Hand Crafted Himalayan Art Bodhisattva Sculpture Altar Set
The Bodhisattva Sculpture Set was crafted using traditional methods in our studio in Nepal. The statue set was identically crafted using a copper body, gilded with 24k genuine gold and finely painted with acrylic paint which further highlights the intricate design patterns of the statue. The five statues can be identified by the mudras that they make and the items that they hold. The atmosphere of each statue harmoniously complements the others because the entire set is an original creation by the same artisan. The creators of this exquisite mandala of the Bodhisattvas kept the same essence across the entire collection.
The magnificent bodhisattva sculpture set will be the perfect gift for a practitioner like you from Nepal.
Size: 14.9"/38cm (Height) x 9"/23cm (Base)
Weight: 28.7 kg
Material: 24K Gold Gilded, Copper Body, Acrylic Paintings
Manjushri is known as the Wisdom Bodhisattva. He is the personification of wisdom as
the route to enlightenment. In Mahayana Buddhism, Manjushri is related to prajna.
Manjushri is regarded as a fully enlightened Buddha in Northern Buddhism's Tantric literature, with many manifestations and appearances covering all four divisions of Tantra, simple and complex in form. Manjushri is depicted in the Eleven Figurative Forms as Peaceful, Semi-peaceful, Wrathful, and Animal Featured.
Amitayus, often known as "The Buddha of Endless Life," is a sambhogakaya aspect of Amitabha, commonly linked with longevity. He is frequently depicted reclining and holding a vase with the nectar of immortality. One of the three gods of immortality, Amitayus is one of the three gods of immortality.
Tara is the savior, the personification of compassion, the one who reaches out and freely replies to everyone who is suffering. Tara is courageous and generous to a fault. Green Tara and White Tara are her most popular incarnations, though she occasionally appears as Red Tara and in Dakini form. "Om tare tuttare ture svaha," says Green Tara. White Tara's mantra is "om tare tuttare ture mama ayu Punya jnana pushtim kuru svaha," which means "om tare tuttare ture mama ayu Punya jnana pushtim kuru svaha."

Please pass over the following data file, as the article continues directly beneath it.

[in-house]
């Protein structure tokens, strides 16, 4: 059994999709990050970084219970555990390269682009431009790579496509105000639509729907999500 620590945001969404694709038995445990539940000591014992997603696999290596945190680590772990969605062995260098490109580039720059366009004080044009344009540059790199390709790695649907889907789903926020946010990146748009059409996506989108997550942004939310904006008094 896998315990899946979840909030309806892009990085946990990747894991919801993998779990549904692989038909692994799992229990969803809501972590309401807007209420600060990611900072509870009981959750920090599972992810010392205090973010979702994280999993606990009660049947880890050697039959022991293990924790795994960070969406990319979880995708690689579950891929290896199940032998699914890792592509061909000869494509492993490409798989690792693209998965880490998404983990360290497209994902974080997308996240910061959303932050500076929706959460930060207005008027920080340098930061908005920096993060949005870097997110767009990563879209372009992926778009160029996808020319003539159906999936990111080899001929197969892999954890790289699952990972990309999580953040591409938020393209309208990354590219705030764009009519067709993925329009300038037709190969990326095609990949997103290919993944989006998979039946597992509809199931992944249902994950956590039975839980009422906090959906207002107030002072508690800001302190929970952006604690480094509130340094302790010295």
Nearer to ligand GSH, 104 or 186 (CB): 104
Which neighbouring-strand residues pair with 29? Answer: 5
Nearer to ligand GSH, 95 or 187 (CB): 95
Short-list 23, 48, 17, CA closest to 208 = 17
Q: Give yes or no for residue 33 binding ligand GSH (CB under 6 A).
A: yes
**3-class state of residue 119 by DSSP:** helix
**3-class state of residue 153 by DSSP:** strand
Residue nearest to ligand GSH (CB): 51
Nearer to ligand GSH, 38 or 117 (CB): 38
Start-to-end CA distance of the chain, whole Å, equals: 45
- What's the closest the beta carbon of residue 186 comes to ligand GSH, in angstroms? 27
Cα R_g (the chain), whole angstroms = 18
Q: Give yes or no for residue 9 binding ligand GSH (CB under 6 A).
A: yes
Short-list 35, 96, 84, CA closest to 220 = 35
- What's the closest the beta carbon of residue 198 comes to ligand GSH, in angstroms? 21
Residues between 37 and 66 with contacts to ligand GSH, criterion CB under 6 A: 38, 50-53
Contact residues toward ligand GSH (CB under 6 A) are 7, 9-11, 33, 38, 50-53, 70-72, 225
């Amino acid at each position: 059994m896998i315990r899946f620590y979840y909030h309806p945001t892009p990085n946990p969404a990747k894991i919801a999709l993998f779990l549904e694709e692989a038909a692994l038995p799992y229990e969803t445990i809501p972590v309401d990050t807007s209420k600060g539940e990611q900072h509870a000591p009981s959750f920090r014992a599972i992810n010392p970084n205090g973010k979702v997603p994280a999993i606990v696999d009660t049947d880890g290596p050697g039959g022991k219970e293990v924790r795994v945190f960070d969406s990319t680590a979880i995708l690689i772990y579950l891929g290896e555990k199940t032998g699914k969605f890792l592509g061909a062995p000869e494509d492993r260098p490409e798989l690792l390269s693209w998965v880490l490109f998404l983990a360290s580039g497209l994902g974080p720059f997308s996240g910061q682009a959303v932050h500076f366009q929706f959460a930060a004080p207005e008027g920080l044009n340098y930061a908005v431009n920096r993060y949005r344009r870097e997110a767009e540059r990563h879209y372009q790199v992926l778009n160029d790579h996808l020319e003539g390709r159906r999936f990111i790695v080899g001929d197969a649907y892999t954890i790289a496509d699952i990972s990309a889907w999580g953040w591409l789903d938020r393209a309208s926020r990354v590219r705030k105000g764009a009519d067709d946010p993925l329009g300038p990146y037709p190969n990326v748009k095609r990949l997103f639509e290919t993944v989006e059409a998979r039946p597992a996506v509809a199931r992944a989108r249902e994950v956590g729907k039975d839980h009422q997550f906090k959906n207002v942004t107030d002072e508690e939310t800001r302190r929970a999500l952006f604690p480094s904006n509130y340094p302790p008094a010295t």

Vajrasattva is typically regarded as the second patriarch in the Shingon Buddhist
lineage, the first being Vairocana Buddha. According to Kukai's writings in Record of the Dharma Transmission, Nagarjuna encountered Vajrasatva in an iron tower in southern India, based on Amoghavajra's testimony. As recounted in the Mahavairocana Sutra, Vajrasatva inducted Nagarjuna into the abhiseka ceremony and entrusted him with the esoteric teachings he had gained from Vairocana Buddha. Kukai doesn't go into detail on Vajrasatva or his beginnings.
Chenrezig is the Compassionate Protector of Tibet and the Bodhisattva of Compassion. Tibetan Buddhists see His Holiness the Dalai Lama as the earthly manifestation of this compassion Buddha. Chenrezig tells us that the way to end our suffering is not to run away from our difficulties but to work through them with compassion for ourselves and others and embrace all sentient creatures with our heart's mercy and love.